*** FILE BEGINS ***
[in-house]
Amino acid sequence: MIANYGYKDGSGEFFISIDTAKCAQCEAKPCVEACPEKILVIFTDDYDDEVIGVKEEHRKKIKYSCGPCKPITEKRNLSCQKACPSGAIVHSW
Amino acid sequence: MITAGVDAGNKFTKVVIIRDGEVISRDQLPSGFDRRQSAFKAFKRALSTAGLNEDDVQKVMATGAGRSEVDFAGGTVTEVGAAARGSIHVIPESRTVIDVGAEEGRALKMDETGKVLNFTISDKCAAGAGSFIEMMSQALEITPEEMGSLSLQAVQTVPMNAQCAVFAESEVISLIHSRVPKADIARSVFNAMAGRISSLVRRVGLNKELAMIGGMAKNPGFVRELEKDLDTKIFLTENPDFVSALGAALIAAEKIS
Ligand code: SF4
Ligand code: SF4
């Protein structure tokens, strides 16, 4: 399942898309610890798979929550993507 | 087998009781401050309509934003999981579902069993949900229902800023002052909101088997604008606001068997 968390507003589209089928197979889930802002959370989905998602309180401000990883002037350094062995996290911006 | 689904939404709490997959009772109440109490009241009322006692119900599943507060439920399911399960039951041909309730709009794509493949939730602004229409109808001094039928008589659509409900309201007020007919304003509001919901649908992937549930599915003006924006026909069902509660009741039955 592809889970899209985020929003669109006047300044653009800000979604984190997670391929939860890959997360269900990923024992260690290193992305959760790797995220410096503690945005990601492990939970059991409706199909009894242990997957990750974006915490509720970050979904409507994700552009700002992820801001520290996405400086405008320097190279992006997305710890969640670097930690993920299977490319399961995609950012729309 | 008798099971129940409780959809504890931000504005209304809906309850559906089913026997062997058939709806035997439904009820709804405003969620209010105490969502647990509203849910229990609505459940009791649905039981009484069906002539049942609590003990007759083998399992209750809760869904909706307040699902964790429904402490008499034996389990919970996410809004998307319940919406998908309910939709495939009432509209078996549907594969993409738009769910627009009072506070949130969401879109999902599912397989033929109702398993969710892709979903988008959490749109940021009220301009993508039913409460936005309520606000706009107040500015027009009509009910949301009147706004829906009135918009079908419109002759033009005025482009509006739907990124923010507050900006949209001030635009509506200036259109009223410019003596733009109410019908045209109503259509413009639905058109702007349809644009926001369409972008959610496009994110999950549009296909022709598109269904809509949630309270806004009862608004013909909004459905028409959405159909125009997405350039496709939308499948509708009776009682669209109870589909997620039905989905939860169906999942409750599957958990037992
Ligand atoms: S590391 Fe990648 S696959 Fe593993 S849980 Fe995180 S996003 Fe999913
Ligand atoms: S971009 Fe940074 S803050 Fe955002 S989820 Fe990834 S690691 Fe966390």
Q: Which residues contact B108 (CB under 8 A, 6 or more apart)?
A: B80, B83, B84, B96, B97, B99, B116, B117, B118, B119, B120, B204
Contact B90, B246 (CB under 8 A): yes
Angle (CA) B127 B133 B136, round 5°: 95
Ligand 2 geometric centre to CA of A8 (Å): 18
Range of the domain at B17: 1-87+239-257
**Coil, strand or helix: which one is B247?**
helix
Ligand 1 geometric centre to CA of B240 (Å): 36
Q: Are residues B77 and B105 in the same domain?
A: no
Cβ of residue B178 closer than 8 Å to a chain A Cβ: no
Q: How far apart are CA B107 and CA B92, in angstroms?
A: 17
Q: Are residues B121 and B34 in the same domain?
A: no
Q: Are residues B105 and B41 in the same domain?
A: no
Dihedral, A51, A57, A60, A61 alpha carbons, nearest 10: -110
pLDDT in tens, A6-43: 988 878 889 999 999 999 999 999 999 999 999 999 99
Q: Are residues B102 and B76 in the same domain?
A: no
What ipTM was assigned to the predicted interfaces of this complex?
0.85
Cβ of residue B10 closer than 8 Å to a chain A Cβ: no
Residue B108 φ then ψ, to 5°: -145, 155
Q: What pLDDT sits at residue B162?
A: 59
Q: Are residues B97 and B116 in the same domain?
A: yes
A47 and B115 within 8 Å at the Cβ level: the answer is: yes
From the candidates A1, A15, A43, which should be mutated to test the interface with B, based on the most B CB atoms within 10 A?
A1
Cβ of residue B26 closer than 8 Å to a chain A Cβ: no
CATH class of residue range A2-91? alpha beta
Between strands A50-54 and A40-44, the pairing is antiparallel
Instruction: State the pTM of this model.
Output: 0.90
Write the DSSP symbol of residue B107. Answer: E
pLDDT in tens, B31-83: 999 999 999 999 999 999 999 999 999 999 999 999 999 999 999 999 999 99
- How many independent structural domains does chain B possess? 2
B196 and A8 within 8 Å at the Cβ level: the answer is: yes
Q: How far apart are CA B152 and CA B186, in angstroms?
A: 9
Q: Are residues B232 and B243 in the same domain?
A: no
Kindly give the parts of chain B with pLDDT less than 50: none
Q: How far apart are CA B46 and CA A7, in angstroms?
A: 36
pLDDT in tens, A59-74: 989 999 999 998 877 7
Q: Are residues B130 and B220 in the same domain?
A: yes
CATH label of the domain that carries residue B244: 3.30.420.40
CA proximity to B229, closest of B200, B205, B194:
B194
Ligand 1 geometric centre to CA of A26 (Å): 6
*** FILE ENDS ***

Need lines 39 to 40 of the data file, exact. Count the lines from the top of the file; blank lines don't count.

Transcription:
A47 and B115 within 8 Å at the Cβ level: the answer is: yes
From the candidates A1, A15, A43, which should be mutated to test the interface with B, based on the most B CB atoms within 10 A?